Exploring Braamfontein’s public art and graffiti

One of Joburg’s most vibrant examples of inner city regeneration, the streets of Braamfontein are filled with impressive public art installations and a riot of colourful graffiti murals that can be spotted on almost any corner. Here’s our guide to some of the most awesome public art installations to look out for in Braamfontein.

The Purple Shall Govern by Shepard Fairey

American street artist Shepard Fairey (best known for the Hope posters created as part of Obama’s presidential campaign) painted this 200 metre high mural in 2014 in tribute to the 1989 Purple Rain protest. In 1989 peaceful anti-apartheid protesters came up against riot police armed with tear gas and batons in downtown Cape Town. The protesters were also attacked by a water cannon filled with purple paint, which the police hoped would help identify them later for arrest. The plan backfired however when the protesters took control of the cannon and used it to fire purple paint onto the police. In the following days graffiti tags spread across the city declaring ‘The Purple Shall Govern’, a pun on the opening phrase of the anti-apartheid movement’s Freedom Charter.
Find it at: the corner of Juta and De Beer Streets

Eland by Clive van den Berg

Artist Clive van den Berg’s sculpture of a giant buck with its aloe planters greets visitors to Braamfontein on Jan Smuts Avenue opposite the Wits Art Museum. Eland is ‘a large representation of an eland on a corner where it has long since disappeared’, wrote Van den Berg. The sculpture brings to mind San ancestors and the natural environment that has long since been taken over by a growing city. He added that he hoped the Eland would prompt ‘reflection on our relationship to the past, and to the inter-connectedness of environmental, cultural and spiritual destinies.’
Find it at: the corner of Jan Smuts Avenue and Ameshoff Street

Eland by Clive van den Berg. Photo by Justin Lee

Nzunza by Hannelie Coetzee

Unveiled in August 2018 Hannelie Cotezee’s Nzunza (pictured top) is a 10 storey mural on the side of a Braamfontein towerblock made from more than 2000 ceramic plates. The artwork is inspired by the history and culture of the Ndzundza (or Nzunza) Ndebele people who lived in what is now the Gauteng Province in the 17th Century, establishing communities that manufactured jewellery and pottery, long before the discovery of gold and the establishment of the city of Johannesburg. The ceramic plates themselves are rejects from the nearby Liebermann Pottery workshop while the adhesive company Tal produced approximately 2.6 tons of special charcoal adhesive to help secure them to the wall.
Find it at: 28 Melle Street 

Miner’s Monument

Installed outside the Johannesburg City Chambers and the Civic Centre on Rissik Street in 1964, this bronze sculpture of three miners wielding a mine drill pays tribute to Joburg’s mining history. The monument is positioned so that the three miners face south west in the direction of the Langlaagte, where Joburg’s massive gold reef was discovered in 1886.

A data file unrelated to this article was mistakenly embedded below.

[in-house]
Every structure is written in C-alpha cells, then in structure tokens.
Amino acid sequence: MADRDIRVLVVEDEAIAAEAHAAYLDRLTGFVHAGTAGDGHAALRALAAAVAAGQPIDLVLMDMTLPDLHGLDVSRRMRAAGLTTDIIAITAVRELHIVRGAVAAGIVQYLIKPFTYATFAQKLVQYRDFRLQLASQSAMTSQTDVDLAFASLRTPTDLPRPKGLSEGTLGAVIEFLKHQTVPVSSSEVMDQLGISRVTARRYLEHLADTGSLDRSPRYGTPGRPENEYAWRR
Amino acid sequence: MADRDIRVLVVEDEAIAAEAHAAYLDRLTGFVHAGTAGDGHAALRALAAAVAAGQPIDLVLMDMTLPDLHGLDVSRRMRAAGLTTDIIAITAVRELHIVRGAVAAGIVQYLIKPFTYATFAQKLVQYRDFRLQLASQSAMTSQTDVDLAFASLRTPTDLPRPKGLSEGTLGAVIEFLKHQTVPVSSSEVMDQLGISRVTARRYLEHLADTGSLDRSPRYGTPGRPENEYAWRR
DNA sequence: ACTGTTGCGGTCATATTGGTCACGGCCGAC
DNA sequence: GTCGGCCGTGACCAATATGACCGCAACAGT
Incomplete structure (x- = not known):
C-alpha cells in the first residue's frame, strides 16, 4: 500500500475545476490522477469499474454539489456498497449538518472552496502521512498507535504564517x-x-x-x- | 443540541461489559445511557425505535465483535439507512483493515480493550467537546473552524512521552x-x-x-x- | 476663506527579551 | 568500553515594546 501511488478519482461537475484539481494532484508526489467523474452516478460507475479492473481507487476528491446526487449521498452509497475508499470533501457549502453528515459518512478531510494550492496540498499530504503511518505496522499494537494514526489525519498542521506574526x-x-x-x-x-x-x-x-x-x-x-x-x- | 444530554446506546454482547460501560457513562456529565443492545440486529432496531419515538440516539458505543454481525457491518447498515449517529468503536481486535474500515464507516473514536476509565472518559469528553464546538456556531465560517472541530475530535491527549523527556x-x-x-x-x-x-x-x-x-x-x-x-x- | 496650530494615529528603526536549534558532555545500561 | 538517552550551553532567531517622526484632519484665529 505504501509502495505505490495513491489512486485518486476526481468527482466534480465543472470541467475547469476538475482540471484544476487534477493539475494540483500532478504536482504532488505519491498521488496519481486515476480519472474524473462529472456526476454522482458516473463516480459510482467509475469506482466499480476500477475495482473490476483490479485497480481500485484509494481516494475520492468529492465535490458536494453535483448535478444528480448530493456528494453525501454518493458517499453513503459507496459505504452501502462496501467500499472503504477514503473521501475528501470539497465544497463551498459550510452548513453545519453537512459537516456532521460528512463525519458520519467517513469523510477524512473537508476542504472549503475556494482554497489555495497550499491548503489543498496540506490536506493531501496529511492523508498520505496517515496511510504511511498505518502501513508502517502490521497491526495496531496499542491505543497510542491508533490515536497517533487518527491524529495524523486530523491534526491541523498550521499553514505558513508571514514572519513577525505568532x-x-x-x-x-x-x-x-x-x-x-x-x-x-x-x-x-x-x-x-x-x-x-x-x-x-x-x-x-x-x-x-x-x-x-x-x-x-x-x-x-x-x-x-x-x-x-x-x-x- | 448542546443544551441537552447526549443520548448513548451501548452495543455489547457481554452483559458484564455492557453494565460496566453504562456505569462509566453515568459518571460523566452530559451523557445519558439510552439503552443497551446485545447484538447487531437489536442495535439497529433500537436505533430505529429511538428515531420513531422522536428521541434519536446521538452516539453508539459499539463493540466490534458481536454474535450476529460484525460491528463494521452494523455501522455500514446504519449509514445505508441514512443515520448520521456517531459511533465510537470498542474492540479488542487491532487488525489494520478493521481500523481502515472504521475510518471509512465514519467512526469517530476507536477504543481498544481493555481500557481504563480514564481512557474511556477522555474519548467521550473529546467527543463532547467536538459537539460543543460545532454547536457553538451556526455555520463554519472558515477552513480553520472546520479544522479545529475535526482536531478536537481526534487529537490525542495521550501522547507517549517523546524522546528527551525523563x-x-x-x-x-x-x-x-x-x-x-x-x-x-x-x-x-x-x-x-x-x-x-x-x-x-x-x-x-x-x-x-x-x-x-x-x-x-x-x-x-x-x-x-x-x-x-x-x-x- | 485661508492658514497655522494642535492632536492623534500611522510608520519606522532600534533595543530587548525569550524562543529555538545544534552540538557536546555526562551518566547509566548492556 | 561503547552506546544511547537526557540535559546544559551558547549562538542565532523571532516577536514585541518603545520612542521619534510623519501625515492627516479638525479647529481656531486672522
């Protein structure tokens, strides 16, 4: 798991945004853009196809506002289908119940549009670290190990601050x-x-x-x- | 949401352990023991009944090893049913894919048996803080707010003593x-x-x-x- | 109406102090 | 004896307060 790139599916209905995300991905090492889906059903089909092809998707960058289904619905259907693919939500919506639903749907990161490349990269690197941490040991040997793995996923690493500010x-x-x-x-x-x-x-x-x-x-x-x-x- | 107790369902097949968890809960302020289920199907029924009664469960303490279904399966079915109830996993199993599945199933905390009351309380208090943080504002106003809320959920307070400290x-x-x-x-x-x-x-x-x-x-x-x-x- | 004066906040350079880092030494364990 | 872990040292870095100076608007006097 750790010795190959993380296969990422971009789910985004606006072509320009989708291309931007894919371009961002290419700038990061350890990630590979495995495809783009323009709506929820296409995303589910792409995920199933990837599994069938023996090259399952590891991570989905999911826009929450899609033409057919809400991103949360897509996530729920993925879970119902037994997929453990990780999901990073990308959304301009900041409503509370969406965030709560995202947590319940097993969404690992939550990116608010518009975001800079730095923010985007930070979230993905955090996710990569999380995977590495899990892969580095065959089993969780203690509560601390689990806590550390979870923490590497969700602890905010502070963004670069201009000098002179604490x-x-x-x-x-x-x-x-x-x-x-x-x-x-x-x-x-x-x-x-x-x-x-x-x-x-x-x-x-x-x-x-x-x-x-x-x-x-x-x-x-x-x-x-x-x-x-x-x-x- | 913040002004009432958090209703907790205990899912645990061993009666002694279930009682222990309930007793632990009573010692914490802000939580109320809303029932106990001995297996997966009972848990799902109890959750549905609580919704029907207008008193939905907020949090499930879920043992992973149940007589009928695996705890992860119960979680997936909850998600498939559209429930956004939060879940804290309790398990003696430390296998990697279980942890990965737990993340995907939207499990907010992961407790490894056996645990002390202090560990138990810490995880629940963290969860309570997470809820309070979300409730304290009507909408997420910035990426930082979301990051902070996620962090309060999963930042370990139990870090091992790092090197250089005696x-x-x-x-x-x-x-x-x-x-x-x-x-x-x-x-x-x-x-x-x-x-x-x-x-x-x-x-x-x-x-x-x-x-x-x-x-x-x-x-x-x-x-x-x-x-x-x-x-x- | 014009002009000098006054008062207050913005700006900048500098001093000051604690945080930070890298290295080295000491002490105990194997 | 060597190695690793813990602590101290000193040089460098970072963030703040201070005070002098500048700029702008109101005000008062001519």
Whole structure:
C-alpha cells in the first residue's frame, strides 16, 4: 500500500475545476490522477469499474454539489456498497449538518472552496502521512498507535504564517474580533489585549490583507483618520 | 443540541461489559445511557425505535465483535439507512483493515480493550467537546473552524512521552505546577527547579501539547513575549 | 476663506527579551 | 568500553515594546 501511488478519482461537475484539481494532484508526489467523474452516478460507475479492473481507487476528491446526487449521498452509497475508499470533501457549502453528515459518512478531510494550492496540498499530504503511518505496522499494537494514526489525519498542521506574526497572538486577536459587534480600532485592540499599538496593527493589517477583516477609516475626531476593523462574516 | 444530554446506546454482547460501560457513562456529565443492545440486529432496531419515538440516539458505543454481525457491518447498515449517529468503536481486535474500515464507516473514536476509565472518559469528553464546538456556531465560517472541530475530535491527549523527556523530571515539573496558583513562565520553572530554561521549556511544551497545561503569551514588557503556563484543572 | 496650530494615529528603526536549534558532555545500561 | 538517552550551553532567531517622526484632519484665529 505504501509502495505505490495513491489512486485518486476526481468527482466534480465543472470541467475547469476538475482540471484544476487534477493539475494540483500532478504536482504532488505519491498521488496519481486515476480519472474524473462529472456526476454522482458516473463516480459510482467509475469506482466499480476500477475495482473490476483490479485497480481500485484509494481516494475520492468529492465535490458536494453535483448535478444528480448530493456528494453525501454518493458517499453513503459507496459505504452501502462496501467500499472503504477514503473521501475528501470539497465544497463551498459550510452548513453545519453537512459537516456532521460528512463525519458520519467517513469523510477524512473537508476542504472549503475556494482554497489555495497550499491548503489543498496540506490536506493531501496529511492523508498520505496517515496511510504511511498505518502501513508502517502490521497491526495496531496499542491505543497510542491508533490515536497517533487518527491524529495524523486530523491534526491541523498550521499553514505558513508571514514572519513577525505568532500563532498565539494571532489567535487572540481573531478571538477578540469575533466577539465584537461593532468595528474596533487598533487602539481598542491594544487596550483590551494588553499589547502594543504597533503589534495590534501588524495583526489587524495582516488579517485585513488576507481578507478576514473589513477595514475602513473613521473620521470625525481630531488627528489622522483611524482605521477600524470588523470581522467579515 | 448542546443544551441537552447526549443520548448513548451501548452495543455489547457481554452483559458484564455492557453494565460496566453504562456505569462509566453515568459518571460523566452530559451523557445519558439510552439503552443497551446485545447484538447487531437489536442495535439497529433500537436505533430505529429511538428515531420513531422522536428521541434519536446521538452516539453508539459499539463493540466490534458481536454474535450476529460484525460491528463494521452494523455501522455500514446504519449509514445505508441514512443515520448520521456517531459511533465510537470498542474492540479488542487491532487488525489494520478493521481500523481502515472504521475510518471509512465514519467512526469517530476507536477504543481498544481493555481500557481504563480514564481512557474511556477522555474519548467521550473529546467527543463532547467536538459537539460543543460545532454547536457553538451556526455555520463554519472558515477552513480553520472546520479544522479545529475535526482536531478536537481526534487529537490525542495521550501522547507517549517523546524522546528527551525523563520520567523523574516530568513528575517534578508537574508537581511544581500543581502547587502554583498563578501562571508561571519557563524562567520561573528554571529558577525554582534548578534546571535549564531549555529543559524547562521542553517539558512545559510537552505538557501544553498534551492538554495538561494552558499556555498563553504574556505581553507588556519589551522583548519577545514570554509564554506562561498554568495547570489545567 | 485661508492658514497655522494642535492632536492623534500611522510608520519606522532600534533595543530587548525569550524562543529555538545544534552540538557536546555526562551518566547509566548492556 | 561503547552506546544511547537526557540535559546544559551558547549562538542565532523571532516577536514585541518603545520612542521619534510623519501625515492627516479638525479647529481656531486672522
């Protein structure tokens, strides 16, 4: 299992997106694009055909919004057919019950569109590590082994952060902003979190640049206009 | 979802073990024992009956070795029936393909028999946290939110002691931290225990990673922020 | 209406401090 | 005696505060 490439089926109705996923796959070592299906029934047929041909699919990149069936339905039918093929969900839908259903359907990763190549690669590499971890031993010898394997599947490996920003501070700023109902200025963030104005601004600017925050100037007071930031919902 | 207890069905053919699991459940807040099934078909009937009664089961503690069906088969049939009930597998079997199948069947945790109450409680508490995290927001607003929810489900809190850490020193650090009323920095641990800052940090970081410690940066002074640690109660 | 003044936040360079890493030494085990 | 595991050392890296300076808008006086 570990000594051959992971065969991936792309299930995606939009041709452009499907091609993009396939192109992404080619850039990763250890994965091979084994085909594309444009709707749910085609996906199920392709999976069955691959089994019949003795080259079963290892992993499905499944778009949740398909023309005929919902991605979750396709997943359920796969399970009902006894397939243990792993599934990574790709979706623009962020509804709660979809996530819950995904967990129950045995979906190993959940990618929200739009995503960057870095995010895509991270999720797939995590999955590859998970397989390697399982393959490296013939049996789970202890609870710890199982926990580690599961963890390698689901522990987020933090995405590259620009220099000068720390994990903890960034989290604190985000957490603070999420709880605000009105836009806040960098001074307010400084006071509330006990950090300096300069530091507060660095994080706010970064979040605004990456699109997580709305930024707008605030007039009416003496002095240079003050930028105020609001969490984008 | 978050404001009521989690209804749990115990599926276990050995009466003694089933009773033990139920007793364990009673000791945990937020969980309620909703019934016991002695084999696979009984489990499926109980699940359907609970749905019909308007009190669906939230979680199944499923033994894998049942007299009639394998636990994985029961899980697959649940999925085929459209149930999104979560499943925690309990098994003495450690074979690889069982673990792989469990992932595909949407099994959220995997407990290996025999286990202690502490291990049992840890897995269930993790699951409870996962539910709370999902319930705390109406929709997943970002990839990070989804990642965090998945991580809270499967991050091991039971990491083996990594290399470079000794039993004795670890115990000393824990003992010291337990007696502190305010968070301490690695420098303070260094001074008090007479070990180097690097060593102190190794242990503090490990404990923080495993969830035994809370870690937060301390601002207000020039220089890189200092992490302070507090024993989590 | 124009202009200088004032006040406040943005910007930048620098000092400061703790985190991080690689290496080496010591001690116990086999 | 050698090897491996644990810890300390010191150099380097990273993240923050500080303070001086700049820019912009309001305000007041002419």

Find at: the corner of Rissik and Joubert Streets.

Photo by The Heritage Portal

Braamfontein Alleyways

The alleyways that run parallel to De Korte and Juta Street, linking the cross streets of De Beer, Melle and Biccard, host a collection of public art works that have transformed these neglected and forgotten throughways into colourful corners of the neighbourhood. Stand out works include Tania Ohlsen and Sandile Radebe’s mirrored mosaic of a flock of birds on the corner of the Bannister Hotel building, Thabang Selai’s rainbow-coloured Braamfontein banner on the Grove Square (opposite Galata Bakery) made from recycled plastic bottle tops, Nkosinathi Simelane’s steel cut relief Urban Jungle and a series of murals of famous quotes, poetry and song lyrics about Johannesburg.

Constitution Hill

Throughout 2018 the street-facing exterior walls of the vast Constitution Hill complex, a former prison and now museum and home of the South African Constitutional Court, have been given over to local street artists who have used the space to create murals paying tribute to South African cultural heroes and struggle leaders. Highlights include Nard Star’s mural of South African female activists like Albertina Sisulu, Fatima Meer and Barbara Hogan (all of whom were imprisoned here) and Imraan Christian’s incredible series of five photo-realistic murals that present ordinary and extraordinary scenes inspired by South African people and places (pictured below).

Inside the complex itself, arranged around Constitution Square, there is also a fantastic collection of public artworks to admire, including works by the late great Dumile Feni and Joburg-based sculptors Americo Guambe and Pitika Ntuli.

Graffiti murals

Braamfontein is home to Grayscale Gallery, Joburg’s original graffiti-focused art gallery and one of the main places in the region where graffiti artists come to buy their spray paint cans. Grayscale pioneered the City of Gold urban art festival which every year sees top graffiti artists coming to Joburg to paint large new murals, many of them located in Braamfontein.

Local graffiti hotspots where you can find some of the coolest works produced by visiting artists include the alleyway next to Grayscale Gallery at 19 Henri Street and the corner of Eendract Street and De Korte Street (pictured). The facades of the buildings which look onto the Nelson Mandela bridge have also become a regular graffiti canvas with an ever-changing collection of murals covering the lower walls.

For street art and graffiti focused walking tours of Braamfontein contact local walking tour operators Jozy Triangel Tours or Past Experiences, both of whom specialise in graffiti and street art tours.

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